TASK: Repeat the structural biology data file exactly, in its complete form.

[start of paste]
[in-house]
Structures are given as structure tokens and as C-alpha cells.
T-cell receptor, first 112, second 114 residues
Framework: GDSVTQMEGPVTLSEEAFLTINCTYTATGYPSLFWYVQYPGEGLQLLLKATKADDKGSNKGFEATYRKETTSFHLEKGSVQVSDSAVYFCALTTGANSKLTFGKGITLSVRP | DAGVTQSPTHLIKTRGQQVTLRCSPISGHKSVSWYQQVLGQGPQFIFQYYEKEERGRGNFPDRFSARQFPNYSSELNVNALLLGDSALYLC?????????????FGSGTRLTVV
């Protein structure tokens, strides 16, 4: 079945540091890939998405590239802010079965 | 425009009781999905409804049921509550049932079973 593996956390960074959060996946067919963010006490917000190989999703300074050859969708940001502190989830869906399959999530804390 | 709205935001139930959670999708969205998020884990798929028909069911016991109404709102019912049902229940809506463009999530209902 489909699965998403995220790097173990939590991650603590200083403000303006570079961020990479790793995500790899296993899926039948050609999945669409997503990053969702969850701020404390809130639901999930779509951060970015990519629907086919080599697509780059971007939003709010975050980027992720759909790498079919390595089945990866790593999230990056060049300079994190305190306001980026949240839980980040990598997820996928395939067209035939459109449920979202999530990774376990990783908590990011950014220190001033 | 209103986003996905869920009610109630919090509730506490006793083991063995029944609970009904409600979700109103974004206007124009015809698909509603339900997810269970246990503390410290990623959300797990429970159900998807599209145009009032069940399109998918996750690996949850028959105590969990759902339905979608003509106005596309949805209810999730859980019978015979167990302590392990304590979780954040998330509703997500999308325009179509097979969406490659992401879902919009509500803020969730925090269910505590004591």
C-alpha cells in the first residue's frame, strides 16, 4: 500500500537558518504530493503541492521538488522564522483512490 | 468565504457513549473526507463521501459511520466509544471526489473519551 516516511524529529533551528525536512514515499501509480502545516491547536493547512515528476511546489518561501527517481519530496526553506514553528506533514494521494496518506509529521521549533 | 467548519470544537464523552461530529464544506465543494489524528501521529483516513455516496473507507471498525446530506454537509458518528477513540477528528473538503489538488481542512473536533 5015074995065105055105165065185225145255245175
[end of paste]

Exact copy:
[in-house]
Structures are given as structure tokens and as C-alpha cells.
T-cell receptor, first 112, second 114 residues
Framework: GDSVTQMEGPVTLSEEAFLTINCTYTATGYPSLFWYVQYPGEGLQLLLKATKADDKGSNKGFEATYRKETTSFHLEKGSVQVSDSAVYFCALTTGANSKLTFGKGITLSVRP | DAGVTQSPTHLIKTRGQQVTLRCSPISGHKSVSWYQQVLGQGPQFIFQYYEKEERGRGNFPDRFSARQFPNYSSELNVNALLLGDSALYLC?????????????FGSGTRLTVV
């Protein structure tokens, strides 16, 4: 079945540091890939998405590239802010079965 | 425009009781999905409804049921509550049932079973 593996956390960074959060996946067919963010006490917000190989999703300074050859969708940001502190989830869906399959999530804390 | 709205935001139930959670999708969205998020884990798929028909069911016991109404709102019912049902229940809506463009999530209902 489909699965998403995220790097173990939590991650603590200083403000303006570079961020990479790793995500790899296993899926039948050609999945669409997503990053969702969850701020404390809130639901999930779509951060970015990519629907086919080599697509780059971007939003709010975050980027992720759909790498079919390595089945990866790593999230990056060049300079994190305190306001980026949240839980980040990598997820996928395939067209035939459109449920979202999530990774376990990783908590990011950014220190001033 | 209103986003996905869920009610109630919090509730506490006793083991063995029944609970009904409600979700109103974004206007124009015809698909509603339900997810269970246990503390410290990623959300797990429970159900998807599209145009009032069940399109998918996750690996949850028959105590969990759902339905979608003509106005596309949805209810999730859980019978015979167990302590392990304590979780954040998330509703997500999308325009179509097979969406490659992401879902919009509500803020969730925090269910505590004591």
C-alpha cells in the first residue's frame, strides 16, 4: 500500500537558518504530493503541492521538488522564522483512490 | 468565504457513549473526507463521501459511520466509544471526489473519551 516516511524529529533551528525536512514515499501509480502545516491547536493547512515528476511546489518561501527517481519530496526553506514553528506533514494521494496518506509529521521549533 | 467548519470544537464523552461530529464544506465543494489524528501521529483516513455516496473507507471498525446530506454537509458518528477513540477528528473538503489538488481542512473536533 5015074995065105055105165065185225145255245175